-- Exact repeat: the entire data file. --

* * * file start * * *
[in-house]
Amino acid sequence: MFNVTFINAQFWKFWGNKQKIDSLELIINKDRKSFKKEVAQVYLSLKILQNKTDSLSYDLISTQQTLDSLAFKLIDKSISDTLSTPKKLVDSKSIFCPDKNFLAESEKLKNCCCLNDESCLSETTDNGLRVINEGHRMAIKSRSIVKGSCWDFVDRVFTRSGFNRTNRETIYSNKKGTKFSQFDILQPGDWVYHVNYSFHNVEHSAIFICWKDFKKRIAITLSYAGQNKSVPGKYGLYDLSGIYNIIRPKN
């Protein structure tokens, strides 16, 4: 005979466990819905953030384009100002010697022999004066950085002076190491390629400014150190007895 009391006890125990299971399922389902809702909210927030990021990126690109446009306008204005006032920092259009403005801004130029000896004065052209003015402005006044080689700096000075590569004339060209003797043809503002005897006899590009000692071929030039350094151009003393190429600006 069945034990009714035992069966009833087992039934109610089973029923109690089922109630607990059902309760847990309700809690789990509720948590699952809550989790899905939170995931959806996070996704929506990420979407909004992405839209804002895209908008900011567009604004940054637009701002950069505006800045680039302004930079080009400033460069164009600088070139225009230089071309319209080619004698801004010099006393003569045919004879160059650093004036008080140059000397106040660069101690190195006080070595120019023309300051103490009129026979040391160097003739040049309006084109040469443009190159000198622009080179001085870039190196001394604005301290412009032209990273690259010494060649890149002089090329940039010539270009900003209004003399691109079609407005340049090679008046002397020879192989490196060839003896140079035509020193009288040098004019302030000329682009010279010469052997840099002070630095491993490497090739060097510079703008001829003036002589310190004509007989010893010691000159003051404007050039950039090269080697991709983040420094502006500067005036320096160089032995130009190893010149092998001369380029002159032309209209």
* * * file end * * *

[in-house]
Amino acid sequence: MFNVTFINAQFWKFWGNKQKIDSLELIINKDRKSFKKEVAQVYLSLKILQNKTDSLSYDLISTQQTLDSLAFKLIDKSISDTLSTPKKLVDSKSIFCPDKNFLAESEKLKNCCCLNDESCLSETTDNGLRVINEGHRMAIKSRSIVKGSCWDFVDRVFTRSGFNRTNRETIYSNKKGTKFSQFDILQPGDWVYHVNYSFHNVEHSAIFICWKDFKKRIAITLSYAGQNKSVPGKYGLYDLSGIYNIIRPKN
């Protein structure tokens, strides 16, 4: 005979466990819905953030384009100002010697022999004066950085002076190491390629400014150190007895 009391006890125990299971399922389902809702909210927030990021990126690109446009306008204005006032920092259009403005801004130029000896004065052209003015402005006044080689700096000075590569004339060209003797043809503002005897006899590009000692071929030039350094151009003393190429600006 069945034990009714035992069966009833087992039934109610089973029923109690089922109630607990059902309760847990309700809690789990509720948590699952809550989790899905939170995931959806996070996704929506990420979407909004992405839209804002895209908008900011567009604004940054637009701002950069505006800045680039302004930079080009400033460069164009600088070139225009230089071309319209080619004698801004010099006393003569045919004879160059650093004036008080140059000397106040660069101690190195006080070595120019023309300051103490009129026979040391160097003739040049309006084109040469443009190159000198622009080179001085870039190196001394604005301290412009032209990273690259010494060649890149002089090329940039010539270009900003209004003399691109079609407005340049090679008046002397020879192989490196060839003896140079035509020193009288040098004019302030000329682009010279010469052997840099002070630095491993490497090739060097510079703008001829003036002589310190004509007989010893010691000159003051404007050039950039090269080697991709983040420094502006500067005036320096160089032995130009190893010149092998001369380029002159032309209209």